Ice absorbs near-infrared light more efficiently than does water, triggering the formation of intricate patterns.
A maze-like pattern develops in an ice-water mixture that soaks up near-infrared light for 60 minutes. Credit: S. G. Preis et al./Sci. Adv.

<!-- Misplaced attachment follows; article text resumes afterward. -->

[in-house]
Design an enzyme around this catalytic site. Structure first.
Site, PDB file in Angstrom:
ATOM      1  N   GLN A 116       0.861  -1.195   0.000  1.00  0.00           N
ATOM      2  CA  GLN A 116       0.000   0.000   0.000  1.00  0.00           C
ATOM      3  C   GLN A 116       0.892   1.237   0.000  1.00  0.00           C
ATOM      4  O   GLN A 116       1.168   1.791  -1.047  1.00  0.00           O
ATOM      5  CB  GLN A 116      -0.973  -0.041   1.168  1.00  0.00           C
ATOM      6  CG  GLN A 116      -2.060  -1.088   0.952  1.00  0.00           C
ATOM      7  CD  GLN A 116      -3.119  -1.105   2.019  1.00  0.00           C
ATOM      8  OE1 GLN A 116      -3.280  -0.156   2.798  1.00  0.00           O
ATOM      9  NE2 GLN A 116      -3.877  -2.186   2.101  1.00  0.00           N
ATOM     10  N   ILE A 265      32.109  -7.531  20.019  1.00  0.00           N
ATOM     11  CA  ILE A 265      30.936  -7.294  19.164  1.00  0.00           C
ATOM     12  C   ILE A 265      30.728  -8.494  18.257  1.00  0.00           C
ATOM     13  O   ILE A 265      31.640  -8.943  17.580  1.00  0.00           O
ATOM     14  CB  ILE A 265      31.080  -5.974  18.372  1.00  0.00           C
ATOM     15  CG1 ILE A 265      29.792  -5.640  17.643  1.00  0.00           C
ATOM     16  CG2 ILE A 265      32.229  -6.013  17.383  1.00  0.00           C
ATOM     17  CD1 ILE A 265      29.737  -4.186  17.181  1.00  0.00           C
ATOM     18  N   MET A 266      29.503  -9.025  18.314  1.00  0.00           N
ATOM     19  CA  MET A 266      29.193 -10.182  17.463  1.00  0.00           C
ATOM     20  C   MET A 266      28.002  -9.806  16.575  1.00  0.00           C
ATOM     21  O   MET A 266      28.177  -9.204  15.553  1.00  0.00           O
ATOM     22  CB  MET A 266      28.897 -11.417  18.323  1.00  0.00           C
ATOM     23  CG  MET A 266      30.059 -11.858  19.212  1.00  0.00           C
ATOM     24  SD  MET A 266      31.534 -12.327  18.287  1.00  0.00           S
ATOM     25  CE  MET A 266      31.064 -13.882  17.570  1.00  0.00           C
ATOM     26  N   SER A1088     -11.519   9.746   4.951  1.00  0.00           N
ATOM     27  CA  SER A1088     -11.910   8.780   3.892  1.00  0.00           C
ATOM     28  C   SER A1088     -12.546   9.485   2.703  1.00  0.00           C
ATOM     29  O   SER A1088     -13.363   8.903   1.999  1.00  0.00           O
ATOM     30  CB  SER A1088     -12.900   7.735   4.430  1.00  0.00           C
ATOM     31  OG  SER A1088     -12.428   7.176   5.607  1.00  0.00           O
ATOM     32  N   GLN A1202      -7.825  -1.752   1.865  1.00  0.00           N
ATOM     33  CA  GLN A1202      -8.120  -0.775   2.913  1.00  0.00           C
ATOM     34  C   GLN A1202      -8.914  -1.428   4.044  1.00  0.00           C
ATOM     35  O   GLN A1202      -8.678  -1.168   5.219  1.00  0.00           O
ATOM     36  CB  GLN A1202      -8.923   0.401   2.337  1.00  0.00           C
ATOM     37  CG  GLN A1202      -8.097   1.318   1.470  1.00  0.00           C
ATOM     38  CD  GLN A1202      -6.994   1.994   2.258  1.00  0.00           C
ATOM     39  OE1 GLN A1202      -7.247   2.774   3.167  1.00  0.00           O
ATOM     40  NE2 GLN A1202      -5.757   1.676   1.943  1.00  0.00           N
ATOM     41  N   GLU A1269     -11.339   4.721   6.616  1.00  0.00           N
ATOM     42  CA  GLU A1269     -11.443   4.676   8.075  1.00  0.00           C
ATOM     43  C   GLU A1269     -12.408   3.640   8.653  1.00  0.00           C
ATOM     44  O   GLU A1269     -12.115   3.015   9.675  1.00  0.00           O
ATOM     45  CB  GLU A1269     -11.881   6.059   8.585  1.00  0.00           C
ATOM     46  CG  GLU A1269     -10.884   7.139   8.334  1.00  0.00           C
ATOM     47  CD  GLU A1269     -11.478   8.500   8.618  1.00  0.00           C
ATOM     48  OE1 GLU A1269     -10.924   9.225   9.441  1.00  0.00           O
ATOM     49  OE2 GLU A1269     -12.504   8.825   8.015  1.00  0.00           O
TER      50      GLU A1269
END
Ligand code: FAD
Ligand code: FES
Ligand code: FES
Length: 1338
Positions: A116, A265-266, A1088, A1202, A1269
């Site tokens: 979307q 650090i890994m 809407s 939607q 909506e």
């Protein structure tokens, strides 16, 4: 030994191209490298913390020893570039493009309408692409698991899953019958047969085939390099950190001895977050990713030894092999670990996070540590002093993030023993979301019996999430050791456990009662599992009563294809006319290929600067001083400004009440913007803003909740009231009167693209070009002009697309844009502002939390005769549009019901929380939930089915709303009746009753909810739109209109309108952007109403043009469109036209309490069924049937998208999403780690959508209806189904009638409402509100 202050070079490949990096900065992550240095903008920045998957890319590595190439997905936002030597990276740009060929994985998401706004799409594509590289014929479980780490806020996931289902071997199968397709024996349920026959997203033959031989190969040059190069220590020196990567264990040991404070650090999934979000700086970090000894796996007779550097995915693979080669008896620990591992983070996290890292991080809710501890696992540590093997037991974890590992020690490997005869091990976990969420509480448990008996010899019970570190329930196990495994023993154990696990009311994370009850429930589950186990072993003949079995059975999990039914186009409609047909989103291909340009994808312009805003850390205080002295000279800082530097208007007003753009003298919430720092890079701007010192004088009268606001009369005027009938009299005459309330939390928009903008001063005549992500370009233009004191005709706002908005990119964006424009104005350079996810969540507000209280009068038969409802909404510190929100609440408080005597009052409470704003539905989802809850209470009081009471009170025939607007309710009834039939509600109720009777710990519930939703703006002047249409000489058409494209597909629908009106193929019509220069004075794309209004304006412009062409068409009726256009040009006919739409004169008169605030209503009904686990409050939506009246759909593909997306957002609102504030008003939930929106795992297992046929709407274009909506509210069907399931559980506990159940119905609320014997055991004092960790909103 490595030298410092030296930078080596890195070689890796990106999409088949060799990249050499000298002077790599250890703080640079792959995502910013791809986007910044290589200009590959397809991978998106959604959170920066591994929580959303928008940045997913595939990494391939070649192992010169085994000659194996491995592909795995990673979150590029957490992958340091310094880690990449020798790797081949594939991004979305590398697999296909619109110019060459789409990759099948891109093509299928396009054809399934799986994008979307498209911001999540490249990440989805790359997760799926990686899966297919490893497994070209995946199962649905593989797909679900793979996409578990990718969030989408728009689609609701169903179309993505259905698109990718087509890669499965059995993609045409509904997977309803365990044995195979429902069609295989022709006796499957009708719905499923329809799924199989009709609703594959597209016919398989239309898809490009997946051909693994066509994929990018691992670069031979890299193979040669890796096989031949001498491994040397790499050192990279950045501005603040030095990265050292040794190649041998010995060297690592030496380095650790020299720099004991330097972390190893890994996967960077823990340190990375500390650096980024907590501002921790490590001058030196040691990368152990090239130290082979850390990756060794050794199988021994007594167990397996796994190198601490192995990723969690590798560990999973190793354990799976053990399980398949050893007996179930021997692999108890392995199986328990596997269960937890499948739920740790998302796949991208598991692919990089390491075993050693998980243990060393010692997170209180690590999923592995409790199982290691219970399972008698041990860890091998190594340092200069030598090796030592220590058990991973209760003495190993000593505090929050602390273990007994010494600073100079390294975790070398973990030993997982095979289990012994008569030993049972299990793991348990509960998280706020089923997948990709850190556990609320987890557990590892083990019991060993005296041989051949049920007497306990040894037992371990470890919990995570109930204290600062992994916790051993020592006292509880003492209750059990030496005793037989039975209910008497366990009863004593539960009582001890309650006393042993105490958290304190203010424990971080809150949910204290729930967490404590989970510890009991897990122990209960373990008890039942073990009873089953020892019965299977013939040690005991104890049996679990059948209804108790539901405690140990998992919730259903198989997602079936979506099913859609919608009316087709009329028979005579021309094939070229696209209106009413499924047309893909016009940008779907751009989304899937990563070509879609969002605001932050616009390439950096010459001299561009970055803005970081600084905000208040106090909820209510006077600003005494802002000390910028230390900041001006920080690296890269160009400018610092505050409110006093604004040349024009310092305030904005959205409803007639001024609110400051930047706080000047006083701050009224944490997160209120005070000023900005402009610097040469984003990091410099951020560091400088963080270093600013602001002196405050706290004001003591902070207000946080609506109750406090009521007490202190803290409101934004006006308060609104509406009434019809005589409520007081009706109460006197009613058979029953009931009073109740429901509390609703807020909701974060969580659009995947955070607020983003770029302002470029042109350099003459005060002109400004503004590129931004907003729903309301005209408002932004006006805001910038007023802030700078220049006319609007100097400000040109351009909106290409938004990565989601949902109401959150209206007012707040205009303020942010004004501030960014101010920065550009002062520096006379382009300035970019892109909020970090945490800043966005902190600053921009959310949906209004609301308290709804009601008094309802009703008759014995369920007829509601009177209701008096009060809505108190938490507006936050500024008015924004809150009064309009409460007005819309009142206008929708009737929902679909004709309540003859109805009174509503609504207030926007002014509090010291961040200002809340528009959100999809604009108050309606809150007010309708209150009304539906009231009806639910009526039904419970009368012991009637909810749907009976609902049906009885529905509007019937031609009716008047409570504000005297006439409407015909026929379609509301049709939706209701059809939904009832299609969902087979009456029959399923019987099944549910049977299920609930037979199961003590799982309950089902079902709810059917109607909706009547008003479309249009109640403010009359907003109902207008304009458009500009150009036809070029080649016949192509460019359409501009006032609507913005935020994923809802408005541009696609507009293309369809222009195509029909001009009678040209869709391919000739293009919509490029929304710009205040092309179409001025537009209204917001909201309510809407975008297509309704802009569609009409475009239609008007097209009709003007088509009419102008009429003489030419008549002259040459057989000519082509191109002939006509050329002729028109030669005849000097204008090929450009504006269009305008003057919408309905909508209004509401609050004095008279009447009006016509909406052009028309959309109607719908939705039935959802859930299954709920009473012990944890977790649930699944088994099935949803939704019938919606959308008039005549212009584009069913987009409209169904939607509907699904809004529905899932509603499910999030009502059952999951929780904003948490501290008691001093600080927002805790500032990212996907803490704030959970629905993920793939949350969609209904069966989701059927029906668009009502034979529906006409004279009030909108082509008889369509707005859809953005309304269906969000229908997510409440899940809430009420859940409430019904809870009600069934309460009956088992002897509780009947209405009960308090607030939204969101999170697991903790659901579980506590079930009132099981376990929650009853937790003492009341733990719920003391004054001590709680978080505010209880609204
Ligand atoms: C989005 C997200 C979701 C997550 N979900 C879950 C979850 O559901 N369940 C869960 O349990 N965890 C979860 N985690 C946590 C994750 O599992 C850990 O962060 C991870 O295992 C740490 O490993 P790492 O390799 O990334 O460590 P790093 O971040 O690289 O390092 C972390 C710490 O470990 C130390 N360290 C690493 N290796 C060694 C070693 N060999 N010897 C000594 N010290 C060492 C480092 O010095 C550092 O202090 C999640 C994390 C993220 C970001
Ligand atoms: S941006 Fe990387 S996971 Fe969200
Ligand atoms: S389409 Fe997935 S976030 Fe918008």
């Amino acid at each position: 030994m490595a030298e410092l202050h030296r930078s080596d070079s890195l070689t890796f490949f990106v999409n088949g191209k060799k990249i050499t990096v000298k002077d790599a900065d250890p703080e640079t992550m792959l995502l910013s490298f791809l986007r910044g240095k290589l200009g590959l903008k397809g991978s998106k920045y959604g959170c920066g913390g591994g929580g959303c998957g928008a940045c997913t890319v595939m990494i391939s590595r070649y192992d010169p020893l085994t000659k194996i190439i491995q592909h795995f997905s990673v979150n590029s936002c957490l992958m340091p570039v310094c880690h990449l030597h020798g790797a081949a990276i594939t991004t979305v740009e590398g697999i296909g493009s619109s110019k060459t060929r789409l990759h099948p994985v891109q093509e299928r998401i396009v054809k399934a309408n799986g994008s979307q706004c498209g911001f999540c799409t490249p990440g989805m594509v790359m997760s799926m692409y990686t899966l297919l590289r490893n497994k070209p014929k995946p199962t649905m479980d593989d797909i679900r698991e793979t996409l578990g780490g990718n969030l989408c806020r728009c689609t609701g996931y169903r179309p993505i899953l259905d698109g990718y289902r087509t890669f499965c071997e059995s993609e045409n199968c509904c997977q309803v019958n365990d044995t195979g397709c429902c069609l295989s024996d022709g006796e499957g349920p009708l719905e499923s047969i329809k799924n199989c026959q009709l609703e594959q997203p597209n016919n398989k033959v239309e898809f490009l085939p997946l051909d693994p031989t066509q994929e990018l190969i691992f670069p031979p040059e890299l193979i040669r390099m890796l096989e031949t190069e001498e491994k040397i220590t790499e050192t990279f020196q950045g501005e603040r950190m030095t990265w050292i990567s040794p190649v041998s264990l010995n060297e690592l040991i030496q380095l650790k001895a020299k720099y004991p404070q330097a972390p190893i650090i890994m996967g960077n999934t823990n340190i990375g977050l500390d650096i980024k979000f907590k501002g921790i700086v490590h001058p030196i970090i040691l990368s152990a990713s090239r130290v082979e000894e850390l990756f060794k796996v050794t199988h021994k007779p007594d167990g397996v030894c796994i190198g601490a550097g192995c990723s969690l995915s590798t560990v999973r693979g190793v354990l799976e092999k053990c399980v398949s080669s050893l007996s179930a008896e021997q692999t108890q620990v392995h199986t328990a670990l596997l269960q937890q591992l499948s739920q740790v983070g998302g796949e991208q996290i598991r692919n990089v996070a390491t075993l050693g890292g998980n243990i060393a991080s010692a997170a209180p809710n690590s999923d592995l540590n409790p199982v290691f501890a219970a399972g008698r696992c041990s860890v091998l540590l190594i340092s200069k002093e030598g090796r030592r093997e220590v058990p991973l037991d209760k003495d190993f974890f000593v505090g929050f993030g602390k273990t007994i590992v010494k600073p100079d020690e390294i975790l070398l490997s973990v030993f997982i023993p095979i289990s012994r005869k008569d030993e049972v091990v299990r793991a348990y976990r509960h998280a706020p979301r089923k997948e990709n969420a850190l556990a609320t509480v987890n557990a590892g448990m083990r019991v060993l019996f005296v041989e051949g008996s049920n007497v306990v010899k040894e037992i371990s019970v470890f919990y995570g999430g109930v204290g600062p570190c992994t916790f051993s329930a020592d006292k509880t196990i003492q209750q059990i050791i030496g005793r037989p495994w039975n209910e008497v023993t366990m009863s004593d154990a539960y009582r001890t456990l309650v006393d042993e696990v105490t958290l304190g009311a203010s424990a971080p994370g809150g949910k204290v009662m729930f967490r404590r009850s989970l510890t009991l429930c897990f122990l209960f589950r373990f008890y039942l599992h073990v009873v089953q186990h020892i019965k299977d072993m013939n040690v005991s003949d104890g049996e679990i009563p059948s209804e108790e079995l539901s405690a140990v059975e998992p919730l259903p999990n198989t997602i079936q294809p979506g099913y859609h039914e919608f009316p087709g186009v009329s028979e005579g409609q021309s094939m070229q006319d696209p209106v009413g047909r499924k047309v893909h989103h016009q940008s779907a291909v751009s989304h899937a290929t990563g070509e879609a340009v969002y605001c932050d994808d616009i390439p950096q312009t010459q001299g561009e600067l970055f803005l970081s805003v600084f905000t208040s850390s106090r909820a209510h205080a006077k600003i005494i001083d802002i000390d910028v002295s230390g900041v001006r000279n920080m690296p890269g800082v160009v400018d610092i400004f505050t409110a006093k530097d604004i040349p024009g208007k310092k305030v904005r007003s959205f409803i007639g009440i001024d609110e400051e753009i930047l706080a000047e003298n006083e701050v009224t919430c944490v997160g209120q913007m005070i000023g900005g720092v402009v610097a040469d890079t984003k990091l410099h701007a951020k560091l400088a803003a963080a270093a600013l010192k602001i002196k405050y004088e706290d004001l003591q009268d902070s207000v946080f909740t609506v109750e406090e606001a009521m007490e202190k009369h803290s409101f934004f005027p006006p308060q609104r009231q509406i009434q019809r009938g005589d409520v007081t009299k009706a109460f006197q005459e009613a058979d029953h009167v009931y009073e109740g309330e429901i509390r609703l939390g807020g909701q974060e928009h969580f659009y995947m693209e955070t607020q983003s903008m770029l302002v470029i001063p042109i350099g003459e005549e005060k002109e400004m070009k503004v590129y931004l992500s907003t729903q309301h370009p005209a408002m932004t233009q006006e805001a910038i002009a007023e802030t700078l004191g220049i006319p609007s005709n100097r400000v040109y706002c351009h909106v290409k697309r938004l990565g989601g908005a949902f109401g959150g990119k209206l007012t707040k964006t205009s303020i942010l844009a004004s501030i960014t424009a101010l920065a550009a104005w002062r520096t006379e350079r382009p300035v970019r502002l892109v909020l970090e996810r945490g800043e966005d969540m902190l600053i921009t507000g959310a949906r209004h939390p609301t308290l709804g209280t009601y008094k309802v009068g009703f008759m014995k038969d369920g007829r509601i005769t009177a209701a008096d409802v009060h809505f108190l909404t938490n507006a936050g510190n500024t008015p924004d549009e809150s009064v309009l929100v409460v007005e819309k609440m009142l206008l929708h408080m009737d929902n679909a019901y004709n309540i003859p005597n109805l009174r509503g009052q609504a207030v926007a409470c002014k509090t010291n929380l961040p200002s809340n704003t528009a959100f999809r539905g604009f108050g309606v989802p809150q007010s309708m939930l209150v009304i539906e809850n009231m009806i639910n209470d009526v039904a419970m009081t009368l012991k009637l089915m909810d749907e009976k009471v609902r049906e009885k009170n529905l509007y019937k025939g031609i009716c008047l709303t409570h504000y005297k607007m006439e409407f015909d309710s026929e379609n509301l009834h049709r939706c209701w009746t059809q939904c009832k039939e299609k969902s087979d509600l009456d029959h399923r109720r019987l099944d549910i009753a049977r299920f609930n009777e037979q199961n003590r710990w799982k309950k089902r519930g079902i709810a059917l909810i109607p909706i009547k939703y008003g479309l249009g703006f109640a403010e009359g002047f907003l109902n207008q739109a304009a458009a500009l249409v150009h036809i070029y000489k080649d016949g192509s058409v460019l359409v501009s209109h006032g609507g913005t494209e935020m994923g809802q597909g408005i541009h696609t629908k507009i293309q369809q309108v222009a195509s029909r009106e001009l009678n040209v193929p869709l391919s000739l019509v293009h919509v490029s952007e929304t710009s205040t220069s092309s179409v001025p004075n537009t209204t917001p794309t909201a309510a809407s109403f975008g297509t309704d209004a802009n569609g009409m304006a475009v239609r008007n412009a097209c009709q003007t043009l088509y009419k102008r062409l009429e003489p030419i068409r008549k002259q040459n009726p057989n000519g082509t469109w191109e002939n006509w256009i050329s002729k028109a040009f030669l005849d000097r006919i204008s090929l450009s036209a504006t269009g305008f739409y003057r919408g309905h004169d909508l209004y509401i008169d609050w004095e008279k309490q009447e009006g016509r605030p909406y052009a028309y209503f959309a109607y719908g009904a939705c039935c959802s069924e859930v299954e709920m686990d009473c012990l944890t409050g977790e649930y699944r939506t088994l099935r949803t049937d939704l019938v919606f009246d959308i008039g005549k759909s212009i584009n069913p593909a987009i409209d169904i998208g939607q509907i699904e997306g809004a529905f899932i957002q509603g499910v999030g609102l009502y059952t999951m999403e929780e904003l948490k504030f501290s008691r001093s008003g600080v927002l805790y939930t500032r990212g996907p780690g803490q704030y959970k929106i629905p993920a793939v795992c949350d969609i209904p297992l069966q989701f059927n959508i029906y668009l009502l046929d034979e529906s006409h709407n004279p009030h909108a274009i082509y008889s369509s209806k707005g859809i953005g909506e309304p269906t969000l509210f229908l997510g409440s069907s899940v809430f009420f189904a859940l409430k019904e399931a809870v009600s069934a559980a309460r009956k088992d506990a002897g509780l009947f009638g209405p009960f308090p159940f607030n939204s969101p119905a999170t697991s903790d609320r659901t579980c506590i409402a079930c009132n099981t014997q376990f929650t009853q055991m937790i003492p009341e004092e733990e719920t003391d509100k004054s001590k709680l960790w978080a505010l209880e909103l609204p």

Water molecules can form a variety of intricate patterns. The molecules self-organize into snowflakes, for example, and laser beams can bore microscopic channels into ice cubes. Now, Ido Braslavsky at the Hebrew University of Jerusalem in Rehovot, Israel, and his colleagues have demonstrated that simply shining light on a partially frozen water sample can create complex structures.